Conway used her first revisit in Plainfield to model exactly this professional accountability for her staff. “After we did follow-up observations at the high school, Mike McKee (superintendent in Stonington, Conn.) and Betty Feser (superintendent in Windsor) came back to my office and we held a completely honest mini-network conversation with all of my administrators watching. We set it up as a fishbowl. The three of us sat around and just named it all — what we had just seen, what I had hoped for, what the principal was trying to do. It was powerful for my administrative team to see how three people who were immersed in the work could talk about it in such an honest way.

“After a while the fishbowl broke down because you could see people wanted to go deeper, and my team started asking questions, about teaching and learning, about leadership choices, about their role in next steps for improvement,” Conway adds. “I was silent for much of it, since so much of the conversation was between administrators in my district and Betty and Mike as critical friends. The modeling, that this is how leaders talk to each other and this is how they focus on instruction, was terrific.”

In her next visit and revisit in Vernon, Conway hopes to do this again. “As I plan it, I hope to have an honest conversation with my revisit team to help get the most leverage from the network visit,” Conway says. “I want to use it as a way to make my practice visible — public to teachers. By modeling it with my peers, I want to show teachers as well as other district administrators that this is how we learn from our peers and from each other. They need to get into my head as to how this professional learning happens, to see the strategies and to see how this works throughout the system.”

Deepening Discussions
The revisits have both built on and contributed to a growing sense of community and trust in the Connecticut Superintendents’ Network. Along with working on through-lines that look closely at the links between what superintendents do and what happens in classrooms, the revisits have focused on leadership practice in the network and provide a place where it is not only safe but increasingly expected for superintendents to talk honestly about the problems they have, what they do and don’t do, and what they know and don’t know about bringing high-quality teaching and learning to scale in all their classrooms.

Superintendents report that the revisits set the stage for deeper conversations about practice and engender questions such as:

•  “You decided to do X (after the initial network visit and discussion). Why did you choose that approach?”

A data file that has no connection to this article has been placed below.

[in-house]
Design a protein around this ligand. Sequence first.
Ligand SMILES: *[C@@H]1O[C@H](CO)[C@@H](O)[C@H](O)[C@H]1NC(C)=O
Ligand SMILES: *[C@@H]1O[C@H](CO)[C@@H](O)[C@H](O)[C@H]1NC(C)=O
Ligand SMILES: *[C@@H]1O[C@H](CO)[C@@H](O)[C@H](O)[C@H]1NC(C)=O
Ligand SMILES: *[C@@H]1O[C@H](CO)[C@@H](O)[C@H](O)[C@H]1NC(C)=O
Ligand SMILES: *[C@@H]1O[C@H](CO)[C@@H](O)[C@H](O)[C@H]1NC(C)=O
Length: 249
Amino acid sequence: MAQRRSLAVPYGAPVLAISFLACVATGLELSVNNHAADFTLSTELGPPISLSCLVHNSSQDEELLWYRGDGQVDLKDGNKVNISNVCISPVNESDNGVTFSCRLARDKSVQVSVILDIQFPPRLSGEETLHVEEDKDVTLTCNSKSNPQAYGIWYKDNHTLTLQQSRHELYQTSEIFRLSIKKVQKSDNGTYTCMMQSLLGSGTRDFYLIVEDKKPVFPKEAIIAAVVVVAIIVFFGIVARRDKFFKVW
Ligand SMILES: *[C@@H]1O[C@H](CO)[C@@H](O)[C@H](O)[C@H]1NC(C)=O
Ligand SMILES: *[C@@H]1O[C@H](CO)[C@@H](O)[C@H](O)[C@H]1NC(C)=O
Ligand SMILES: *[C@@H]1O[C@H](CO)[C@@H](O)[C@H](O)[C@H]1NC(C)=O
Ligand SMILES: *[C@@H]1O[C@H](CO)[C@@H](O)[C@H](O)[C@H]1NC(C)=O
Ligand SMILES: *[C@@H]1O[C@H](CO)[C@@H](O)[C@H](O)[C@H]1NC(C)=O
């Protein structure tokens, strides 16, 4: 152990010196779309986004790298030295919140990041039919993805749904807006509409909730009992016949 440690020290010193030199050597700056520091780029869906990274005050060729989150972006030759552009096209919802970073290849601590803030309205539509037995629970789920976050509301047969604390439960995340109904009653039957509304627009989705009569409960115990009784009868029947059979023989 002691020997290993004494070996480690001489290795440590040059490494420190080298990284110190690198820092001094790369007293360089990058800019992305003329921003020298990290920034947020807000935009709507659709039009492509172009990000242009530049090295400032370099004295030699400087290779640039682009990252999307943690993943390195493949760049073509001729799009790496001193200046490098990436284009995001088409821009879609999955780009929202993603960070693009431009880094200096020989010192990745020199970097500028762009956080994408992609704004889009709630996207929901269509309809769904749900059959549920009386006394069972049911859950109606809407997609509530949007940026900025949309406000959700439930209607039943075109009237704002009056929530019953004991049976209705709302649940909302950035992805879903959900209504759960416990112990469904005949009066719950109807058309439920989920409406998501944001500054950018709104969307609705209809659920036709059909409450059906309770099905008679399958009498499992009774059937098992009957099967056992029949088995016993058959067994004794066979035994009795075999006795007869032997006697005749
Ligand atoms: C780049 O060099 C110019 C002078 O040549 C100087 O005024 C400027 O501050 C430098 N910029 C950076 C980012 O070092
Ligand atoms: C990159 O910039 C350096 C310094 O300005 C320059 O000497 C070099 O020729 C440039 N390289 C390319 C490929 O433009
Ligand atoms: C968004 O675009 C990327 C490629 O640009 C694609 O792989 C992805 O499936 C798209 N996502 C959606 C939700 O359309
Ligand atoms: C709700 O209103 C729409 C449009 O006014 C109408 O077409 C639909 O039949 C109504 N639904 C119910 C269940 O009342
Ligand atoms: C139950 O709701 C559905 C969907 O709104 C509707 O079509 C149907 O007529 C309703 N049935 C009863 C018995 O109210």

•  “You told us you were thinking that X would work. On the revisit, we are seeing Y. Is that what you expected?”

•  “You told us what you were trying and why. What have you learned and what will you do next time?”

As one participant put it, “Hosts will put their leadership practice on the table in the revisit that they wouldn’t in the big group. They will, quite openly, ask their peers, ‘I wonder if this is working?’” One compared the intensity of the revisit discussions to those of a critical friends network she had been in earlier, “but here these peers have already been on two visits to my district, have focused on an issue that I have framed, and they have lots of knowledge from being in my classrooms. It’s very powerful.”

Don’t underestimate the importance of this candid peer-to-peer critique. In a world where superintendents often are isolated and expected to be learned, not learners, where opportunities for superintendents to learn and improve practice are few and far between, networks like the one in Connecticut and similar efforts in Iowa and New Jersey are providing something unique and essential.

Scaling Up
Most superintendents know that to get any improvement at scale, they need to focus on instruction and set up systems for teachers to replace isolated and idiosyncratic practice, let down their guards with one another and share teaching practice.

Superintendents, of course, must do the same for themselves: focus on instruction, set up systems to replace isolated and idiosyncratic practice, let down their guards with one another and share their leadership practice. Only then will our schools and districts go beyond the isolated pockets of excellence (in a general sea of mediocrity) that characterize so many of them and scale up high-quality instruction for all students.

The pioneering revisit work of the Connecticut Superintendents’ Network takes the instructional rounds improvement cycle — identifying a problem of practice to shape a visit, observing, debriefing and making suggestions for the next level of improvement work — to its natural next step.

At the same time, although superintendents often see accountability as a dirty word, the Connecticut superintendents are holding each other to account — to what happens in their classrooms, to what they say to each other at and after school visits, and to what actions they take afterward to improve instruction. They are building up from what they are observing in classrooms and, with a certain implacable logic, working together to unpack the core leadership challenges faced by superintendents. In doing so, they are adding to their learning and to that of their colleagues’, redefining lateral and reciprocal accountability and contributing to professionalizing superintendent leadership practice.

Lee Teitel is director of the school leadership program at the Harvard University Graduate School of Education in Cambridge, Mass. E-mail: lee_teitel@gse.harvard.edu